The decision of Kansas Athletics officials to play tit-for-tat with Kansas University students does not reflect well on the athletic bigwigs or the leadership of the university.
This past school year, the KU Student Senate voted to reduce the student fee earmarked to support the athletics department. KU athletics officials said the lower fee would amount to $350,000 in lost revenue.
To get even and apparently punish the students, athletic officials announced last week, when the vast majority of students were out of town, that prime, courtside seats that had been reserved for students in Allen Fieldhouse will be taken away and made available to well-heeled alumni and friends if they can donate thousands of dollars in addition to the cost of the tickets.
Money calls the shots, and major college athletics are governed, almost controlled by money — television money and money from the high rollers.
KU officials claim students will continue to have the same number of seats at Allen Fieldhouse, but, obviously, the seats taken away from them at courtside are sure to be replaced by seats in the upper, less attractive areas. It is a given that none of the best seats allocated by heavy financial supporters will be reallocated to students.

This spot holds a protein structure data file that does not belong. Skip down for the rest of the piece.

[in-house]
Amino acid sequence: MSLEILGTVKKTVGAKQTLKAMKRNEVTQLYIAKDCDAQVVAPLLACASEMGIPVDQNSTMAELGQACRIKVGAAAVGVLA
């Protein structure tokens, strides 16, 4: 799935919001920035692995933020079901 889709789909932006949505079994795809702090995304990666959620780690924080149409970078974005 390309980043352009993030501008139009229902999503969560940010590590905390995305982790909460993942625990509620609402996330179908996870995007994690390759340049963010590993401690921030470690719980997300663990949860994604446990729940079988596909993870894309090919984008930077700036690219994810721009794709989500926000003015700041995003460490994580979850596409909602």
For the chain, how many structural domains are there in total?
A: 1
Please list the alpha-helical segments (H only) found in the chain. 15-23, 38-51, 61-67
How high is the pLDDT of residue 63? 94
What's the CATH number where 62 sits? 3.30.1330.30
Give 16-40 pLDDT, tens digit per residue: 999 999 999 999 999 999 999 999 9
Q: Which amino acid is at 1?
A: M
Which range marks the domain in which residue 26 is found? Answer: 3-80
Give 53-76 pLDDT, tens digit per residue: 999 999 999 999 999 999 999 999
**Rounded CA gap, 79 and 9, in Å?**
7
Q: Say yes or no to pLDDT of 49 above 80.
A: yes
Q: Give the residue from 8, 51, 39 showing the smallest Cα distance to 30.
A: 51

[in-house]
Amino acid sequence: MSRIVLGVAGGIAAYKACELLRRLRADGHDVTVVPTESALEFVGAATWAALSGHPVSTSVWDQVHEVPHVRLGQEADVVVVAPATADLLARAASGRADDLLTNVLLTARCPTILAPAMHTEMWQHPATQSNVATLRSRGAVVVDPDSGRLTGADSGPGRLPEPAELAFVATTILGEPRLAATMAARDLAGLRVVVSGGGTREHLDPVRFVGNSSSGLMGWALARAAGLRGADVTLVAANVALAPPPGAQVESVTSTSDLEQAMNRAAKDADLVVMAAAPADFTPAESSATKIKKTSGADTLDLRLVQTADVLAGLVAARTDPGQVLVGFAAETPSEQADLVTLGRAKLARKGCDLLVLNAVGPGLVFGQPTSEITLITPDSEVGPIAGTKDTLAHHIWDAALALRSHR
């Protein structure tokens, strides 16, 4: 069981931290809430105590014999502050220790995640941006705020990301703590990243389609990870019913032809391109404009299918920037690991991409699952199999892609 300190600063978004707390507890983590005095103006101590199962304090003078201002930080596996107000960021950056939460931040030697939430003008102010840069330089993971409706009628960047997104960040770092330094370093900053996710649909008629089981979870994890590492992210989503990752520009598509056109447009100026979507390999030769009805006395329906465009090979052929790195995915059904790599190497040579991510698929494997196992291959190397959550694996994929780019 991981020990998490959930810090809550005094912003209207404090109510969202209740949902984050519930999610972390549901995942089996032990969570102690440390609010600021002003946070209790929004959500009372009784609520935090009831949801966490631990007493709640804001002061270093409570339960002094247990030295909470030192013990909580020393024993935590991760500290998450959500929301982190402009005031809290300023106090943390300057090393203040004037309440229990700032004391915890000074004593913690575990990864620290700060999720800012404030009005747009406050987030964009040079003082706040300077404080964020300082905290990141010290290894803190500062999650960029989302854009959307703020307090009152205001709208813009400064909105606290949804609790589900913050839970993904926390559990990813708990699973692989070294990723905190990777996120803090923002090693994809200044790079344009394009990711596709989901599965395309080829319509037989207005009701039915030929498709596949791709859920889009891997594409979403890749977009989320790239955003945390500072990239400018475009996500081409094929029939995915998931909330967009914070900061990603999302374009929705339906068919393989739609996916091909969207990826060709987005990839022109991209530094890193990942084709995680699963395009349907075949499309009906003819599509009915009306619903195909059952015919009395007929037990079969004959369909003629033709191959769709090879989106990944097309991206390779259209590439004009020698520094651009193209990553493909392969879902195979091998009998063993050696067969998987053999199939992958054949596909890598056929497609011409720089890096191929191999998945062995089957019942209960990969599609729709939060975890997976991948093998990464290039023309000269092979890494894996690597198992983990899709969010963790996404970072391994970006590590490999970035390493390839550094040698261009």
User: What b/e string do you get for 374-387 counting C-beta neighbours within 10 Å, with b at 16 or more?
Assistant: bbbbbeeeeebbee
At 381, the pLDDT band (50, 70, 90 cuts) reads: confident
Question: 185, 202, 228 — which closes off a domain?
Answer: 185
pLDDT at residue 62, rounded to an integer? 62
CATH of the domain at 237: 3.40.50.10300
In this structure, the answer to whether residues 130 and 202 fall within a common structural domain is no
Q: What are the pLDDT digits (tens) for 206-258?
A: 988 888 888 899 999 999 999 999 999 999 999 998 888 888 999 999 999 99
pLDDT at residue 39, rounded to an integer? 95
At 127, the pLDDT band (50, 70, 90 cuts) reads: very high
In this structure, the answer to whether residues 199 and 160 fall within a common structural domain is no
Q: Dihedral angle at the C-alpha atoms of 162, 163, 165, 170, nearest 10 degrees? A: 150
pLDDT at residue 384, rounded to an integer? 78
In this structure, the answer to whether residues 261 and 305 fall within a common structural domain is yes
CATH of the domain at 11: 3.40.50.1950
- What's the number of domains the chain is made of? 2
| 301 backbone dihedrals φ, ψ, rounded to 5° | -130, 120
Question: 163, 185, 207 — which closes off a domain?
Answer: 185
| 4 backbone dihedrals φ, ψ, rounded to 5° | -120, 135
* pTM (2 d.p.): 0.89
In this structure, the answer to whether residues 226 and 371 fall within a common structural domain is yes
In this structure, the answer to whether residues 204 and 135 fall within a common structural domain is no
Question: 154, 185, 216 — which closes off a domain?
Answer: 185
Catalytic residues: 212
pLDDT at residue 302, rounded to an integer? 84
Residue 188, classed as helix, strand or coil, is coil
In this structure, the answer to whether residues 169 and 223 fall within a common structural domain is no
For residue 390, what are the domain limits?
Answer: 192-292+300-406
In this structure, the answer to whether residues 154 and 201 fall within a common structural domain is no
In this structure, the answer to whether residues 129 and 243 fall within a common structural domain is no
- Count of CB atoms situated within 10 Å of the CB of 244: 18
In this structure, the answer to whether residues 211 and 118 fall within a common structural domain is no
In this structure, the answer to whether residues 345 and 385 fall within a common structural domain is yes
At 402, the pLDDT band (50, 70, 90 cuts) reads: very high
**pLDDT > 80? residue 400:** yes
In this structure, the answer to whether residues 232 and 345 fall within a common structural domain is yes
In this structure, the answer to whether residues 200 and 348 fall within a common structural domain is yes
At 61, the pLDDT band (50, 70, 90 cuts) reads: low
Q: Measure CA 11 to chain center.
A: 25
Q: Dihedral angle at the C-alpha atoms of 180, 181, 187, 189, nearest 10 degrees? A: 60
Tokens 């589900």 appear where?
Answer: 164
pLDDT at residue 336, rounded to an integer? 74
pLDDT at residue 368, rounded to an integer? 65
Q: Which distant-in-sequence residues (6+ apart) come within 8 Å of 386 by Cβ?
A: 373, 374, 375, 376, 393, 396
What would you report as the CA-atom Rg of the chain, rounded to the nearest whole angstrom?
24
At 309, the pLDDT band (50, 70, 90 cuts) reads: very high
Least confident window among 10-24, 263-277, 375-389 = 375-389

The fact is there are only so many seats in Allen Fieldhouse. With KU’s winning record, the demand for seats becomes more intense and, more and more, money determines whether an individual can buy a ticket and where the seat will be located.
Fewer and fewer traditional KU basketball fans — average people, parents with their children, parents of students, faculty and even students — are seen in Allen Fieldhouse because they can’t afford the extra donations required to purchase tickets to KU basketball games.
Chances are, few members of the Kansas Legislature are able to buy tickets even at face value, nor can members of the Kansas Board of Regents get into Allen Fieldhouse. These individuals need to have a good friend with an extra ticket or be invited to sit with the chancellor.
In announcing the ticket switch, Associate Athletics Director Jim Marchiony said, that “student government made it clear to us that they wanted us to find other sources of revenue other than the student athletic fee, and that is what we’ve done.” So even though the Big 12 Conference announced last month that it was sharing a record amount of revenue with its member schools — including $23 million to KU — athletic department officials decided they still needed to take seats away from students to offset a projected loss of $350,000.
We agree with the KU student body vice president who said it was “unfortunate” that Kansas Athletics still saw the need to take away some of the best student seats.
KU officials and KU Athletic Director Sheahon Zenger expected a negative reaction to the student ticket switch, but dollars are more important. It’s a business. Past contributions to the university don’t mean anything. It’s what can you pay today and how badly do you want a seat in Allen Fieldhouse.